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Developmental biology - Cell Division|
Cell division is fundamental to life
Correct chromosome segregation requires precise cleavage in the mid-plane of a cell.
To achieve this, the spindle apparatus sends out two signals. One actively stimulates formation of the contractile ring at the mid-plane of a cell; a second signal inhibits the contractile ring from assembling at either pole of the cell. The inhibitory signal originates from the astral microtubules, which project into the cell poles after formation of the spindle apparatus begins.
"The molecular constituents of this signal had been unknown until now. With the help of a newly developed and highly sensitive microscope method, we now show in the nematode Caenorhabditis elegans (C. elegans) - a popular model organism in cell biology - that the enzyme Aurora A is a central component of that inhibitory signal."
Aurora A, is also present in human cells, and known to play a crucial role in control of spindle assembly, and is also activated on astral microtubules.
"We think that the active enzyme then diffuses from the astral microtubules to the cell membrane at the cell poles, where it suppresses formation of a contractile ring."
The precise control of cell division is not only essential in embryo development, but also in the adult organism. Defects in cell division can causes numerous diseases including cancers.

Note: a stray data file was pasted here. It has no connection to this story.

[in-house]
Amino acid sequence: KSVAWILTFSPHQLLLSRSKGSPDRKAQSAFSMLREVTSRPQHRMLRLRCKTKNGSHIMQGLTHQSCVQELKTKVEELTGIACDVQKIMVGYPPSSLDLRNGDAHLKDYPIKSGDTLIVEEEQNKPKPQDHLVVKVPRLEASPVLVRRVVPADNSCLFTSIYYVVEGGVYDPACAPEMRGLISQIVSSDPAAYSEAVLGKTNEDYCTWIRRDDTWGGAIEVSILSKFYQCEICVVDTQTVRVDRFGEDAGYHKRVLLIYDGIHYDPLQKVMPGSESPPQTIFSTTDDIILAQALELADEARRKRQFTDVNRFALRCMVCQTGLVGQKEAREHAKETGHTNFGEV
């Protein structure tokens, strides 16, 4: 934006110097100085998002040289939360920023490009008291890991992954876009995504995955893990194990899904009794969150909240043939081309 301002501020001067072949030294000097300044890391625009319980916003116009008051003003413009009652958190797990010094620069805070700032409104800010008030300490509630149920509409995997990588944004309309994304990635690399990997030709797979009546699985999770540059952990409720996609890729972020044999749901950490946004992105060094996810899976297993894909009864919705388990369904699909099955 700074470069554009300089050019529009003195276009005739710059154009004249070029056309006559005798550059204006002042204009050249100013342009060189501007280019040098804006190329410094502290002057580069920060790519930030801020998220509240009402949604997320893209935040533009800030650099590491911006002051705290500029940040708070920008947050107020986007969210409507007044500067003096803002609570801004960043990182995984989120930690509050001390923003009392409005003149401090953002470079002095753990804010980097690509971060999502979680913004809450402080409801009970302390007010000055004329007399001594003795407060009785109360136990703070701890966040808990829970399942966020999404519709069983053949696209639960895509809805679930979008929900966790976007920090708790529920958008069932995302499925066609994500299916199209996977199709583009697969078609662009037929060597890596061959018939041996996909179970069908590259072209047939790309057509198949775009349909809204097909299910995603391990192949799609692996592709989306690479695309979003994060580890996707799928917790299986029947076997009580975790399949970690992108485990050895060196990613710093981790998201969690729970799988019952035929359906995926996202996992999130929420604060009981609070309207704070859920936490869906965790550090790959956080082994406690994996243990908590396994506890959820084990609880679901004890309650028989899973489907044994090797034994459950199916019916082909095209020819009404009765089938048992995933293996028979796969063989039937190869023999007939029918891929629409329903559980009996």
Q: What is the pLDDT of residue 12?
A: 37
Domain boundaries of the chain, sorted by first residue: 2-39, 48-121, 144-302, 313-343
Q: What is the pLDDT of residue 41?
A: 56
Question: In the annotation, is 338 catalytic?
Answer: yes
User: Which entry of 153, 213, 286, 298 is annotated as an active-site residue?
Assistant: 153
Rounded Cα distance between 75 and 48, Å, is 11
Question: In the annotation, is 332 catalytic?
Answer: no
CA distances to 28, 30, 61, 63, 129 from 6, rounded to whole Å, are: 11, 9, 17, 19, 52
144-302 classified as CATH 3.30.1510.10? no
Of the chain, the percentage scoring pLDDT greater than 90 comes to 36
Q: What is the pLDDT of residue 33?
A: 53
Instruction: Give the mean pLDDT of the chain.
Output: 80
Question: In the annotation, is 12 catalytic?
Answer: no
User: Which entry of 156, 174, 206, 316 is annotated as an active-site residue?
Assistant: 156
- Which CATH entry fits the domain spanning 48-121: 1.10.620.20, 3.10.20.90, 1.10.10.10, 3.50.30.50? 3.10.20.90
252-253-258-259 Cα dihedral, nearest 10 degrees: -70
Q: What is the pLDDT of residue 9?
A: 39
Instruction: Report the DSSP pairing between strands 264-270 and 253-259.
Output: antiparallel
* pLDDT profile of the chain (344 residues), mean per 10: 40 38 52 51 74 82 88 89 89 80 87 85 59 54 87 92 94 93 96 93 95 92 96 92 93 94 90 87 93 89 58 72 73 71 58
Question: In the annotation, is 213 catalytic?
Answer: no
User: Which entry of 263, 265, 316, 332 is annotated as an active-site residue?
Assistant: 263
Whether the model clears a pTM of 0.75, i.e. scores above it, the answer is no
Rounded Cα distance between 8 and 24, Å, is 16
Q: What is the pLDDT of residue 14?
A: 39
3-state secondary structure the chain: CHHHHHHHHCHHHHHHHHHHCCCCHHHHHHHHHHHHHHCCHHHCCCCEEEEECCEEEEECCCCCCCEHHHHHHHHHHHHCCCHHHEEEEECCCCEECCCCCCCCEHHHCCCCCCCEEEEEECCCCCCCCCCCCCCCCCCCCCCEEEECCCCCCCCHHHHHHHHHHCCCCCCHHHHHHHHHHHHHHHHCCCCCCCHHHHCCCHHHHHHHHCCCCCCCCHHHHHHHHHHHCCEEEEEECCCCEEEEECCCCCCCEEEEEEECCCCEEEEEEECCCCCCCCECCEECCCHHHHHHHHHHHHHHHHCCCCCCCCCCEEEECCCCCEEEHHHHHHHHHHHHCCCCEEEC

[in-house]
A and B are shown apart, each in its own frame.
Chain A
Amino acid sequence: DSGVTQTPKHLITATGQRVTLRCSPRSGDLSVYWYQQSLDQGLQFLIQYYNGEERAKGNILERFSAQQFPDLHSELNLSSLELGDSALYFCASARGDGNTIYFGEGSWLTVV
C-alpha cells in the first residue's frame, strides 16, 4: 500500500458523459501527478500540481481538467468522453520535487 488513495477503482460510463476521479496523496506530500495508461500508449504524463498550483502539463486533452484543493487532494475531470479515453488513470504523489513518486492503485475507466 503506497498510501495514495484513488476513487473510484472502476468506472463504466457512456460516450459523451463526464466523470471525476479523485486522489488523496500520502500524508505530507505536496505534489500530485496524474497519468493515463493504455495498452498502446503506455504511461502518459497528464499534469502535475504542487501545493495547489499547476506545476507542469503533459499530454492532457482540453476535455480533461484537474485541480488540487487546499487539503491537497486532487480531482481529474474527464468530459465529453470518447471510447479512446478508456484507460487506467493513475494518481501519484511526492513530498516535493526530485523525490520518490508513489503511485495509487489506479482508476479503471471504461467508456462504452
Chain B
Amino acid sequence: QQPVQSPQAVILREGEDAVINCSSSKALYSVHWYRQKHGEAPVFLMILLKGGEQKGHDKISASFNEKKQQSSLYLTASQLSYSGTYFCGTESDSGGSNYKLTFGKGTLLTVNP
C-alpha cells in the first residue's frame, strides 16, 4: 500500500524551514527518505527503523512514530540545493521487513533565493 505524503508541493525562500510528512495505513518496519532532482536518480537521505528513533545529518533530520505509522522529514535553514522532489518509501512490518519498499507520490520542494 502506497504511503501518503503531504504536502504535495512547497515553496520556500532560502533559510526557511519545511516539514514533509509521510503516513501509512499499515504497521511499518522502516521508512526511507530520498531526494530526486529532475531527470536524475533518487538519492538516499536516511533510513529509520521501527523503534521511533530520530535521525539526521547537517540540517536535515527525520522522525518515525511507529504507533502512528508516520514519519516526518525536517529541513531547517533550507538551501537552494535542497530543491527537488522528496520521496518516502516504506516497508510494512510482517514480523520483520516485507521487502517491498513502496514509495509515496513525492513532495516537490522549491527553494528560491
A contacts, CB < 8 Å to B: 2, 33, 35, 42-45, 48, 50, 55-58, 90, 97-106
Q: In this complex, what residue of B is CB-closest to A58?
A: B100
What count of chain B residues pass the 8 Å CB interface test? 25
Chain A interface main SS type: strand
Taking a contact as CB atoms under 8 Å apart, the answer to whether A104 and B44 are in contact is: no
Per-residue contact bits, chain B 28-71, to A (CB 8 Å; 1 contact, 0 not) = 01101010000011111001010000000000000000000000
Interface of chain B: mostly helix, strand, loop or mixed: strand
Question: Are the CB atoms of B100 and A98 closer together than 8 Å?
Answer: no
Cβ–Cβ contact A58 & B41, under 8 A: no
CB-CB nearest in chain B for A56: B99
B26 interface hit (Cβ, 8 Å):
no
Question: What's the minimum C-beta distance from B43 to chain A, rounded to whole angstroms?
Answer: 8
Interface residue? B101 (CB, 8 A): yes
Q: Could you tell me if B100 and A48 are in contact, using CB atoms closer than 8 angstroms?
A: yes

"A detailed understanding of this fundamental process is therefore a prerequisite for the development of more effective ways to treat and prevent such disorders," explains Zanin.
During cytokinesis, a signal from the central spindle that forms between the separating anaphase chromosomes promotes the accumulation of contractile ring components at the cell equator, while a signal from the centrosomal microtubule asters inhibits accumulation of contractile ring components at the cell poles. However, the molecular identity of the inhibitory signal has remained unknown. To identify molecular components of the aster-based inhibitory signal, we developed a means to monitor the removal of contractile ring proteins from the polar cortex after anaphase onset. Using this assay, we show that polar clearing is an active process that requires activation of Aurora A kinase by TPXL-1. TPXL-1 concentrates on astral microtubules coincident with polar clearing in anaphase, and its ability to recruit Aurora A and activate its kinase activity are essential for clearing. In summary, our data identify Aurora A kinase as an aster-based inhibitory signal that restricts contractile ring components to the cell equator during cytokinesis.
Authors: Sriyash Mangal, Jennifer Sacher, Taekyung Kim, Daniel Sampaio Osório, Fumio Motegi, Ana Xavier Carvalho, Karen Oegema, Esther Zanin.
Reference material: Dynamics of Microtubules.
After six months this article is available under a Creative Commons License (Attribution–Noncommercial–Share Alike 4.0 International license, as described at https://creativecommons.org/licenses/by-nc-sa/4.0/).
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C. elegans embryo in final stages of cell division (1. MAGENTA: microtubules; 2. BLUE: TPXL-1; 3. GREEN: chromosomes). Image credit: Zanin, lab, LMU.